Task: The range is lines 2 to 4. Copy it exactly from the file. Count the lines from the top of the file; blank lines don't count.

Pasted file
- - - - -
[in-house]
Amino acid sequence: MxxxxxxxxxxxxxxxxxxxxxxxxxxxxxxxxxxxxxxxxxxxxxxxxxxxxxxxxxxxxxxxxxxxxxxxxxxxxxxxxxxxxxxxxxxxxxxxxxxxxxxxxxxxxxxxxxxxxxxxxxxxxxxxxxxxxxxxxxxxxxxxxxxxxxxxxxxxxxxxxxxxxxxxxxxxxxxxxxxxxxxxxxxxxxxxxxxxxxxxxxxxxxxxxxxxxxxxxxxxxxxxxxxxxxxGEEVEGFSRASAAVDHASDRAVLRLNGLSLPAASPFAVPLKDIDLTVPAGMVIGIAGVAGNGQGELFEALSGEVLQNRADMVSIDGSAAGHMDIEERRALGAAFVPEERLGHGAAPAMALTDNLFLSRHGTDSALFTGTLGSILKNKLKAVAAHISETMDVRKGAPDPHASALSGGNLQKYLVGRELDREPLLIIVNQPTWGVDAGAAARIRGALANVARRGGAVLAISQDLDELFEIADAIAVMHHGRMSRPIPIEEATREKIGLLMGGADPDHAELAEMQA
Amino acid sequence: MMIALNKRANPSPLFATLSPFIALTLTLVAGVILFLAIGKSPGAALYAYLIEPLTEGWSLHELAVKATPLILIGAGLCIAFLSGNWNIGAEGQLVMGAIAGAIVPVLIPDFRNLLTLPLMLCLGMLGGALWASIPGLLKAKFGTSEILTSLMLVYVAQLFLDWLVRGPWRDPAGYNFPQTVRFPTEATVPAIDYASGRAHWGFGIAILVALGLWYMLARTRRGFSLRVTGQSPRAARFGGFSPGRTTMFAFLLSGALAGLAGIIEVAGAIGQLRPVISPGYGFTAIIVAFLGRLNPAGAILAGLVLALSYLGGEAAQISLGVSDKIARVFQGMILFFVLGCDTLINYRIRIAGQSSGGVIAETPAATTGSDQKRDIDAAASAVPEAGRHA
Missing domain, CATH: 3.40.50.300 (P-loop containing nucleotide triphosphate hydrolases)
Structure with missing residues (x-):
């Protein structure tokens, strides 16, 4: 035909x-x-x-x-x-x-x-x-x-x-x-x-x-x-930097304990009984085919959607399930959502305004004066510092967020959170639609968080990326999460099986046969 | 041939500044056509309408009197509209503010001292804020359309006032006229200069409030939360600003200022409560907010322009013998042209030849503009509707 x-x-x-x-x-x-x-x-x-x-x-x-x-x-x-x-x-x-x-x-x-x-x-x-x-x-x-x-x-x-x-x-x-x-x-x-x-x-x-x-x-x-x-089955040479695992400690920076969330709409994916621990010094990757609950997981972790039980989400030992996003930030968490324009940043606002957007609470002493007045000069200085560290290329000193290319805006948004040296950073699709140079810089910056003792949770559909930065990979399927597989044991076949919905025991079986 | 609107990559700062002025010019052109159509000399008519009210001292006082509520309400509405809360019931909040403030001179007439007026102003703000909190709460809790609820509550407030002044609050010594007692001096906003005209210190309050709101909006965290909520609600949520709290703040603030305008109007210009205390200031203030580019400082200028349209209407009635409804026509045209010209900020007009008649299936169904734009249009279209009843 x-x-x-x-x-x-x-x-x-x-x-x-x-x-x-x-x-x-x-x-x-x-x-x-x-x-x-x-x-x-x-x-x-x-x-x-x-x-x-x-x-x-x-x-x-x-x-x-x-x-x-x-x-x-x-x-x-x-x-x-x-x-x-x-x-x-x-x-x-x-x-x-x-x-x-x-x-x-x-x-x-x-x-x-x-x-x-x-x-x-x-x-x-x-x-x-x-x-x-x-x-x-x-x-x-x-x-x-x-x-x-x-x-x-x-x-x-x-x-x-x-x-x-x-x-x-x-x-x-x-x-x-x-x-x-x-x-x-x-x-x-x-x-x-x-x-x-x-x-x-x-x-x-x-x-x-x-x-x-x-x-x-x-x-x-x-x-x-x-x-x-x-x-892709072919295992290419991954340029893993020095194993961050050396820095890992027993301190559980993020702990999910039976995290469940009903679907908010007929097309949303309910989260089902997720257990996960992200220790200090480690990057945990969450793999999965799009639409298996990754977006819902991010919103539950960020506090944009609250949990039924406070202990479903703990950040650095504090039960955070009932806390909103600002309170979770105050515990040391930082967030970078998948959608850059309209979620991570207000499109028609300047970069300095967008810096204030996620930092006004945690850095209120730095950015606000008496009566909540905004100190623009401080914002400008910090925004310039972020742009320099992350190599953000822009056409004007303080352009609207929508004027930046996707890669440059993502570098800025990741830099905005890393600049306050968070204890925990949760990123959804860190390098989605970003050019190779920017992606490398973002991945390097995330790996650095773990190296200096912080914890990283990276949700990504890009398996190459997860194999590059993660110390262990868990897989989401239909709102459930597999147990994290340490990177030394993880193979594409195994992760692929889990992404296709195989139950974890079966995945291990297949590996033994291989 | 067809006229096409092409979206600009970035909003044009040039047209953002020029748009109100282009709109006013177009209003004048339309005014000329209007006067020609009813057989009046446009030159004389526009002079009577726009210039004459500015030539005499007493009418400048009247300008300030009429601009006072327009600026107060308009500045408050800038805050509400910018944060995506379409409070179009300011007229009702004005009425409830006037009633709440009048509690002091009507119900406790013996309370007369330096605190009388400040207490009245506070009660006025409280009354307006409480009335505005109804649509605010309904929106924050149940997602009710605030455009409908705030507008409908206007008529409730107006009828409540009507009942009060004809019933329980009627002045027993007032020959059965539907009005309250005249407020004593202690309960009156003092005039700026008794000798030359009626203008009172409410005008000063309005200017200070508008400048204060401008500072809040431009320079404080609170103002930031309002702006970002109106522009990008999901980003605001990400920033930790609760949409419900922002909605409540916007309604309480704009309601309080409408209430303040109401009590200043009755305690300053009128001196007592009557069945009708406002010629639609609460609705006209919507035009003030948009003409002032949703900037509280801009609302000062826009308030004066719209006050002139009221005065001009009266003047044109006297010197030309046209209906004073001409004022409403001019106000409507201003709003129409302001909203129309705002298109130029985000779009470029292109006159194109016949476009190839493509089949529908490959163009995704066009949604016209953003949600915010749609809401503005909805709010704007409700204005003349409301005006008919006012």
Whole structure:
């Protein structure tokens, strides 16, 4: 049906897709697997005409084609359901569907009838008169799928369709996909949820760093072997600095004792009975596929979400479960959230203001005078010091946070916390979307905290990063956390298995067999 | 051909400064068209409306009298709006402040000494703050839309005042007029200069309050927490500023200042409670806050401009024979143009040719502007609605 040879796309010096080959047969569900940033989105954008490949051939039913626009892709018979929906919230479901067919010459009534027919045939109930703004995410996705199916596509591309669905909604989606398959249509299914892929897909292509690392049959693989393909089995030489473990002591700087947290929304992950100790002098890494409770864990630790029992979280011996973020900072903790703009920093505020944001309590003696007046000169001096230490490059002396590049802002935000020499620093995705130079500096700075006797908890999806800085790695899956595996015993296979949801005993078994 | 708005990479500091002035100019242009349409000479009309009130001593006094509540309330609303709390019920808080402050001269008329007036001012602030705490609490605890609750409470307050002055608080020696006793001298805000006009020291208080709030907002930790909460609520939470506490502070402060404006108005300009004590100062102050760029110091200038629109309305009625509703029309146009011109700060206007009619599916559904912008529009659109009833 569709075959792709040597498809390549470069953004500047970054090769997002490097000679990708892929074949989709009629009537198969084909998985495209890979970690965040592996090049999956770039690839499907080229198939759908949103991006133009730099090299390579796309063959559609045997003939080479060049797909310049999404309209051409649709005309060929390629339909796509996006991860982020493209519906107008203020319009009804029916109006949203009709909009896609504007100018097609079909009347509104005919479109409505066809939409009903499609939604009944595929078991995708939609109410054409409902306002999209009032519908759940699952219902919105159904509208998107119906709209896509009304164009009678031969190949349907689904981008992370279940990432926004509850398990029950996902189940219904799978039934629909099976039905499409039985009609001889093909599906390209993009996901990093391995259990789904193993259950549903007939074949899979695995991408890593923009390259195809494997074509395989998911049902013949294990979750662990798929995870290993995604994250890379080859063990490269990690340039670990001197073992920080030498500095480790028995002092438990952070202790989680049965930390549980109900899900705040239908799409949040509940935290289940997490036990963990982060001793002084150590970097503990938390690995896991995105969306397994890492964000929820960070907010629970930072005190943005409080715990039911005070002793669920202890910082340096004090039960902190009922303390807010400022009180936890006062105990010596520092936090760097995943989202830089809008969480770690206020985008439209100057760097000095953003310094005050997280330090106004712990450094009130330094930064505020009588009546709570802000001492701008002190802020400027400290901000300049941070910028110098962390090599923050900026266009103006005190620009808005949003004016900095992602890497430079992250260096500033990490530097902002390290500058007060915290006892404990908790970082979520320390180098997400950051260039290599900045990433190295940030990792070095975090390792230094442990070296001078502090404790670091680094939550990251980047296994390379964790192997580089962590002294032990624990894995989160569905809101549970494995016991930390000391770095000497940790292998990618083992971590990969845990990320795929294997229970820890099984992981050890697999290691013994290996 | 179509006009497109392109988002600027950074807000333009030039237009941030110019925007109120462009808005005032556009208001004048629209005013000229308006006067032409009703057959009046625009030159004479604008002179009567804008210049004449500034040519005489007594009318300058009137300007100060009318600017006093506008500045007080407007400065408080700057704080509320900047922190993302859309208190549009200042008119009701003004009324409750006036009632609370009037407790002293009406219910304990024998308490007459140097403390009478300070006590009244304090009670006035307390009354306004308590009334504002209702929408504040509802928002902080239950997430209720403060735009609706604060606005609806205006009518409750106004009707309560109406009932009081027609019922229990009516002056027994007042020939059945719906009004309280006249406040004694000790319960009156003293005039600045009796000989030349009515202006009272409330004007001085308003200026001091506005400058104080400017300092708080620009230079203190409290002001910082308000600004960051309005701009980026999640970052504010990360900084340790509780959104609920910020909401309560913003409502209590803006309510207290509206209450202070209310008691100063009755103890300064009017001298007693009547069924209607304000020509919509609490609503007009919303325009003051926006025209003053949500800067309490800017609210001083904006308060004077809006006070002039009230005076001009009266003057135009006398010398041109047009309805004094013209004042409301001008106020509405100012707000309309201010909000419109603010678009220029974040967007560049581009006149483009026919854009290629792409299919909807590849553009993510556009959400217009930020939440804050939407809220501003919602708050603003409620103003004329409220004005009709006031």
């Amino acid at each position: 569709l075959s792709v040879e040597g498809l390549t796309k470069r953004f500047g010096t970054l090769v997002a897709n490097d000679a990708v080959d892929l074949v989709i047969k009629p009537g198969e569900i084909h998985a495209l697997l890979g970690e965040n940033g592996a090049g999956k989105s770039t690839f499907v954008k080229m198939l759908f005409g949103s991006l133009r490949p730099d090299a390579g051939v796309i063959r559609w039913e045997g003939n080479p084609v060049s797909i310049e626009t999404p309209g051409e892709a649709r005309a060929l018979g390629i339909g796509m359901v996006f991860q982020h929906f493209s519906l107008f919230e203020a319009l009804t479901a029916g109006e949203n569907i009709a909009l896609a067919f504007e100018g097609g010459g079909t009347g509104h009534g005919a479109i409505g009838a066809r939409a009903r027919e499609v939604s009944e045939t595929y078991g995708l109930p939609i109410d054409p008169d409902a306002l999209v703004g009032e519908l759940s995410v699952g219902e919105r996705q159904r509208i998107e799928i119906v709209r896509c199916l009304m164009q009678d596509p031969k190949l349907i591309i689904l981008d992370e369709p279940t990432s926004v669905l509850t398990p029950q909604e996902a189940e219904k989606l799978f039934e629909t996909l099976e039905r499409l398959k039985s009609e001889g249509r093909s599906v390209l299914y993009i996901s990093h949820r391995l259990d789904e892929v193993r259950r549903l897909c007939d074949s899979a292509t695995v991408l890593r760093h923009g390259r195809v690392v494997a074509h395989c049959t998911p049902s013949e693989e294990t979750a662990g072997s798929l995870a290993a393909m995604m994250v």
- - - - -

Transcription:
Amino acid sequence: MxxxxxxxxxxxxxxxxxxxxxxxxxxxxxxxxxxxxxxxxxxxxxxxxxxxxxxxxxxxxxxxxxxxxxxxxxxxxxxxxxxxxxxxxxxxxxxxxxxxxxxxxxxxxxxxxxxxxxxxxxxxxxxxxxxxxxxxxxxxxxxxxxxxxxxxxxxxxxxxxxxxxxxxxxxxxxxxxxxxxxxxxxxxxxxxxxxxxxxxxxxxxxxxxxxxxxxxxxxxxxxxxxxxxxxGEEVEGFSRASAAVDHASDRAVLRLNGLSLPAASPFAVPLKDIDLTVPAGMVIGIAGVAGNGQGELFEALSGEVLQNRADMVSIDGSAAGHMDIEERRALGAAFVPEERLGHGAAPAMALTDNLFLSRHGTDSALFTGTLGSILKNKLKAVAAHISETMDVRKGAPDPHASALSGGNLQKYLVGRELDREPLLIIVNQPTWGVDAGAAARIRGALANVARRGGAVLAISQDLDELFEIADAIAVMHHGRMSRPIPIEEATREKIGLLMGGADPDHAELAEMQA
Amino acid sequence: MMIALNKRANPSPLFATLSPFIALTLTLVAGVILFLAIGKSPGAALYAYLIEPLTEGWSLHELAVKATPLILIGAGLCIAFLSGNWNIGAEGQLVMGAIAGAIVPVLIPDFRNLLTLPLMLCLGMLGGALWASIPGLLKAKFGTSEILTSLMLVYVAQLFLDWLVRGPWRDPAGYNFPQTVRFPTEATVPAIDYASGRAHWGFGIAILVALGLWYMLARTRRGFSLRVTGQSPRAARFGGFSPGRTTMFAFLLSGALAGLAGIIEVAGAIGQLRPVISPGYGFTAIIVAFLGRLNPAGAILAGLVLALSYLGGEAAQISLGVSDKIARVFQGMILFFVLGCDTLINYRIRIAGQSSGGVIAETPAATTGSDQKRDIDAAASAVPEAGRHA
Missing domain, CATH: 3.40.50.300 (P-loop containing nucleotide triphosphate hydrolases)